Aggressive cranial vault decompression for cranial hyperostosis: Technical case report of two cases

J. Mocco, Ricardo J. Komotar, Brad E. Zacharia, Neil A. Feldstein, Jeffrey N. Bruce, Charles J. Hodge, Jack P. Rock, Joel D. MacDonald

Research output: Contribution to journalArticlepeer-review

15 Scopus citations


OBJECTIVE AND IMPORTANCE: Camurati-Engelmann's disease, also known as progressive diaphysial dysplasia, is a disorder of the bone metabolism. Neurological manifestations of progressive diaphysial dysplasia include cranial nerve dysfunction, generalized weakness, cerebellar herniation, and increased intracranial pressure. In the past, surgical intervention has been of limited and temporary benefit. We present two patients with cranial hyperostosis secondary to Camurati-Engelmann's disease who were treated successfully with a single surgery involving a combination of multiple craniotomies for cranial vault decompression. CLINICAL PRESENTATION: Two patients presented with signs and symptoms of increased intracranial pressure secondary to Camurati-Engelmann's syndrome. Radiological workup revealed marked cranial hyperostosis. INTERVENTION: The patients underwent aggressive cranial vault decompression. Multiple craniotomies were performed, and the inner table was then drilled down until the bone was 1 cm thick. CONCLUSION: Effective surgical options are needed for clinically significant cranial hyperostosis. In an effort to further define operative management in these patients, we describe a single, aggressive surgical procedure that may be used for successful cranial decompression.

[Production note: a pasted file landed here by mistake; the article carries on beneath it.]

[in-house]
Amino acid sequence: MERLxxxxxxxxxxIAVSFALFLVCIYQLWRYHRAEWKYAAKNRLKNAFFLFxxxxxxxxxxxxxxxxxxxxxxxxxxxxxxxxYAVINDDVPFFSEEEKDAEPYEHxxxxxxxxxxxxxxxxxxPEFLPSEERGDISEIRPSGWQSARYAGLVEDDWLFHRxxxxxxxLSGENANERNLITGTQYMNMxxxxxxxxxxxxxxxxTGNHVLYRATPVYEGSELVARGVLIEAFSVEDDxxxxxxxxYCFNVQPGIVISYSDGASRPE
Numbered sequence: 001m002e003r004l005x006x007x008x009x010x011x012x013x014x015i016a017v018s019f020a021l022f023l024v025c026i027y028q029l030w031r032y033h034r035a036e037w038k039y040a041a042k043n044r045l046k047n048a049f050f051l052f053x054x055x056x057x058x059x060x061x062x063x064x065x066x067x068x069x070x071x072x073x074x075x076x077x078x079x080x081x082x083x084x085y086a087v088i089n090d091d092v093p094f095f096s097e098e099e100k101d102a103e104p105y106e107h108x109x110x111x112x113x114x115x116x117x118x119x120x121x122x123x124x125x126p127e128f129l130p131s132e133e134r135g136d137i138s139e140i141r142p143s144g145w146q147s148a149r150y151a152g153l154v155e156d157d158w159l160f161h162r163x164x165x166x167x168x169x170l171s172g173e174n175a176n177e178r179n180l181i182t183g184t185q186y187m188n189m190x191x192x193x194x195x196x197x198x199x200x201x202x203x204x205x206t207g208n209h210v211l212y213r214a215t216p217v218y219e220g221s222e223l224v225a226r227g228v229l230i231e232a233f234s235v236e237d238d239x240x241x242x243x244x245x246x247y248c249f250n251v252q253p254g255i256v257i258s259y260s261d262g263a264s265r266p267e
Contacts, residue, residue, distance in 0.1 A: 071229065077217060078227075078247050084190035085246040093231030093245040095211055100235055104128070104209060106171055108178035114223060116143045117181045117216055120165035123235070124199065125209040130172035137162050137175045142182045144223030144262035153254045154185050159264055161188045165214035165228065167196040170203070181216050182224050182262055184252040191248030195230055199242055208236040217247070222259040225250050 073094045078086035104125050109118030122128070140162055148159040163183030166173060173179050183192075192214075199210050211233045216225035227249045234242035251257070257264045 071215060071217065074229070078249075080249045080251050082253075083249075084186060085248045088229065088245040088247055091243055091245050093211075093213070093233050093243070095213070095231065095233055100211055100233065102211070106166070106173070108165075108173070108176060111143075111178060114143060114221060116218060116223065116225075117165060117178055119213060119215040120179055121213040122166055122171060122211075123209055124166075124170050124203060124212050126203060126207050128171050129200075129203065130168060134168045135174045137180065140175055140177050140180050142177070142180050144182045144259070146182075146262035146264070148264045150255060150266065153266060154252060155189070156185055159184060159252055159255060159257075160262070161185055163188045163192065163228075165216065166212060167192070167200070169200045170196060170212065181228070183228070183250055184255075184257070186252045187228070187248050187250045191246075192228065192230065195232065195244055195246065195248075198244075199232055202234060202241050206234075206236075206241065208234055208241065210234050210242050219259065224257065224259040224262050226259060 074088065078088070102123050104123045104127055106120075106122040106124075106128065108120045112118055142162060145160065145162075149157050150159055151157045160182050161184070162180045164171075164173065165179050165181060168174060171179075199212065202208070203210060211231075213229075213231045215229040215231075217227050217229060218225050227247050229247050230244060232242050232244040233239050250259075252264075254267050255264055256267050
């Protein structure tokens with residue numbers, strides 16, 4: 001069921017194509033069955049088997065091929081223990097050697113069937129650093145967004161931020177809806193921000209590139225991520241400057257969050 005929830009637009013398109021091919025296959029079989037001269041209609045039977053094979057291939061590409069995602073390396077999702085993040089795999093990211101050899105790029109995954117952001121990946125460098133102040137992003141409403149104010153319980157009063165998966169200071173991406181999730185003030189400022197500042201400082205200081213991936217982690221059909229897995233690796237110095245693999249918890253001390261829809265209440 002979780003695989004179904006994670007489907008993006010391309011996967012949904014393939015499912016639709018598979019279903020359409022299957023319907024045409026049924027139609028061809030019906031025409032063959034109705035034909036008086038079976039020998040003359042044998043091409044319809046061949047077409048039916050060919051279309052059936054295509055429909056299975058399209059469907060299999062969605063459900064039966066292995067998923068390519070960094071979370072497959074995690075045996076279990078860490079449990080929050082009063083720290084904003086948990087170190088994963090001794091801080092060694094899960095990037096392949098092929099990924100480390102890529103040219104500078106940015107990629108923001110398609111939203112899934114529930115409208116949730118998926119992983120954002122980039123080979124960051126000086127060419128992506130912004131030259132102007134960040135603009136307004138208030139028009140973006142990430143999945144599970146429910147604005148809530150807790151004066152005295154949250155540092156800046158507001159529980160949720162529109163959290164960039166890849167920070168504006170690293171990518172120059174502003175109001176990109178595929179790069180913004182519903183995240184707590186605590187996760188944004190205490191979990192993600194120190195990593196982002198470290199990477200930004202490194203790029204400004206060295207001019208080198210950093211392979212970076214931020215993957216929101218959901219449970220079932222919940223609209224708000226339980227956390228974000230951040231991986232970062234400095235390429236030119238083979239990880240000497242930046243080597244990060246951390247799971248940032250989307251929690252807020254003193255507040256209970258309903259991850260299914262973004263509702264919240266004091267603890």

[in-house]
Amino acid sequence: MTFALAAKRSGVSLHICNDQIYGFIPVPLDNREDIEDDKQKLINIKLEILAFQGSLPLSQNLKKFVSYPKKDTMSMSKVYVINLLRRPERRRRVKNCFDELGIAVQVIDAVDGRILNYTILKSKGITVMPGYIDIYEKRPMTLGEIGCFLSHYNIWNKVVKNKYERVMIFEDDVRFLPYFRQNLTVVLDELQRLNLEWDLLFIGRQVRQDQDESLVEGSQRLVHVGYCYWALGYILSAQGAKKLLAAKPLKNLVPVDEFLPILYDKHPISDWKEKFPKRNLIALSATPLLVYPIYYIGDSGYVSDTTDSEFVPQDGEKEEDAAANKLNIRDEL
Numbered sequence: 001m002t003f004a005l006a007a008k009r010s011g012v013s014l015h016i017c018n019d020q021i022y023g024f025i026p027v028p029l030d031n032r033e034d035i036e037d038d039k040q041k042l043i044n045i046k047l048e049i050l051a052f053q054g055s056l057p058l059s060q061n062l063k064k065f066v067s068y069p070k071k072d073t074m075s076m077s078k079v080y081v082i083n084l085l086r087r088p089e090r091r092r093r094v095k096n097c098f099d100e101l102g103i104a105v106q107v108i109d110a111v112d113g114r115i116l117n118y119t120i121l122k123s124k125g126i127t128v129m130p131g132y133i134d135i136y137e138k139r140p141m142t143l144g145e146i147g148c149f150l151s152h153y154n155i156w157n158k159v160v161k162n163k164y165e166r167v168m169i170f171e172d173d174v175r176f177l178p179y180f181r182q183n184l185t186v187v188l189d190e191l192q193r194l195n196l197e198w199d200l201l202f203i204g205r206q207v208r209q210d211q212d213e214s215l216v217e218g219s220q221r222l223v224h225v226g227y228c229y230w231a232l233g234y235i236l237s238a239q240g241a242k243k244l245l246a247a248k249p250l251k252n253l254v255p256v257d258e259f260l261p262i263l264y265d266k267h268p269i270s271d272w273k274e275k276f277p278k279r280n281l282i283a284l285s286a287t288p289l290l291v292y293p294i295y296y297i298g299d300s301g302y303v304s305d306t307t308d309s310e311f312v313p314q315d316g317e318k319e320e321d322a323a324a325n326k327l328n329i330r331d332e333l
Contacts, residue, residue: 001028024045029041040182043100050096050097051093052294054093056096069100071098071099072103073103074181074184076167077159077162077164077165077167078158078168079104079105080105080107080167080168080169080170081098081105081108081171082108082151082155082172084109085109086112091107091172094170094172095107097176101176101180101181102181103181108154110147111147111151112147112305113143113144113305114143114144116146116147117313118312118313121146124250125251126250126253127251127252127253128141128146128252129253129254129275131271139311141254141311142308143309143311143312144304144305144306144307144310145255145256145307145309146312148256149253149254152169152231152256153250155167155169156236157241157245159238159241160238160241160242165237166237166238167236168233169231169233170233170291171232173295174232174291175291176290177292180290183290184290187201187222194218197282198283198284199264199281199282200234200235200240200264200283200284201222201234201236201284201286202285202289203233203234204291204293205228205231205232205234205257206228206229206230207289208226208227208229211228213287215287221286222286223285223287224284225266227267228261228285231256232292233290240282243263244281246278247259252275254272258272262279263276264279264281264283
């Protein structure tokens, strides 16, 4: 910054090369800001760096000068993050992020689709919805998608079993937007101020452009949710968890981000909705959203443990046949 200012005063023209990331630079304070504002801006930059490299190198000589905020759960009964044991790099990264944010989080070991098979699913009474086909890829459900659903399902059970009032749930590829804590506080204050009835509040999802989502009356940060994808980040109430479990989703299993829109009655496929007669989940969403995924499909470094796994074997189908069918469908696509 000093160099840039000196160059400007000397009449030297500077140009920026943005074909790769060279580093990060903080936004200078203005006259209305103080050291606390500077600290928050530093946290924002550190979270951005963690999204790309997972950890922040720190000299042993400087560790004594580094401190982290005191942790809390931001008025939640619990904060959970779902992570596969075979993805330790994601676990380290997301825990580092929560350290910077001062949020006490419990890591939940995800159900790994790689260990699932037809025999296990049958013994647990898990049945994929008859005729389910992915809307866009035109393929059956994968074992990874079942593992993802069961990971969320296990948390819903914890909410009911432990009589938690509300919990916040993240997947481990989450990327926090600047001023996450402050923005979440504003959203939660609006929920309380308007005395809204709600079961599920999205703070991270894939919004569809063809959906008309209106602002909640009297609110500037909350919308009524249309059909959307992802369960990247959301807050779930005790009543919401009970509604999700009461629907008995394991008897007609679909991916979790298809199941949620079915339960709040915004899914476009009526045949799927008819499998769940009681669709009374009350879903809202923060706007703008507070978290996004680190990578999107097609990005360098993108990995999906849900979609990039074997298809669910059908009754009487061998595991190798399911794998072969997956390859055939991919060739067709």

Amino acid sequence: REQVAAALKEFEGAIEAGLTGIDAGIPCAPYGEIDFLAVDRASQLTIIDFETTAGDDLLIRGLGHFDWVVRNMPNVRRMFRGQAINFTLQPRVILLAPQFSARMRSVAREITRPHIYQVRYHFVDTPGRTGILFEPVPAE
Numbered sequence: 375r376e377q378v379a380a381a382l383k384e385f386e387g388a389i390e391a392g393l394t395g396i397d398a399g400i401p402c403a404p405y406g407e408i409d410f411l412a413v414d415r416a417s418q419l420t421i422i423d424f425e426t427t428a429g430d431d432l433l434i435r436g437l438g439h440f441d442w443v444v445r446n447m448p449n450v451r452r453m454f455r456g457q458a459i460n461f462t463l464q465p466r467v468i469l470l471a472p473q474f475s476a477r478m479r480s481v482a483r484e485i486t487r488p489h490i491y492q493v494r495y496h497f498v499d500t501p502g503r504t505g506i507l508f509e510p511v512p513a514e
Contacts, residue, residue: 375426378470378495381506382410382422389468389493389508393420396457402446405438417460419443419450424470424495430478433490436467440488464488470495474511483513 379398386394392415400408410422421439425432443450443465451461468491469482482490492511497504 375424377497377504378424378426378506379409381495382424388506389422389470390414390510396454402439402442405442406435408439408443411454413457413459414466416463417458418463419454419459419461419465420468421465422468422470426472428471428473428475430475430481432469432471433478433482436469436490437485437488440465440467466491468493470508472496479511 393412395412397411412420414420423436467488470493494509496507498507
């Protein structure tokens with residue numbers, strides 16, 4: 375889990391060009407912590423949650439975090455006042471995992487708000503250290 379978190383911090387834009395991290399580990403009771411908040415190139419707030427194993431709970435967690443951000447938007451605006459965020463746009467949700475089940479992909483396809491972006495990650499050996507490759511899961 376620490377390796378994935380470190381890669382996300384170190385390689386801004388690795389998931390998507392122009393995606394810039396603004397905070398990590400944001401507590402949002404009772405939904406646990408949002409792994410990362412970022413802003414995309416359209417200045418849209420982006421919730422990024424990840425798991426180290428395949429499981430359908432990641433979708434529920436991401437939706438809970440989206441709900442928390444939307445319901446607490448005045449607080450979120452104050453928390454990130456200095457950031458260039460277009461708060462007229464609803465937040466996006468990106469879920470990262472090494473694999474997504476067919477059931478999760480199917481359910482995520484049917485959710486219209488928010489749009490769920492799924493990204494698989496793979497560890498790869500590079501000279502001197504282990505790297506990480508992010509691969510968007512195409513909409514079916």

Original languageEnglish (US)
Pages (from-to)ONS-212
Issue number1 SUPPL.
StatePublished - Jul 2005

All Science Journal Classification (ASJC) codes

  • Surgery
  • Clinical Neurology


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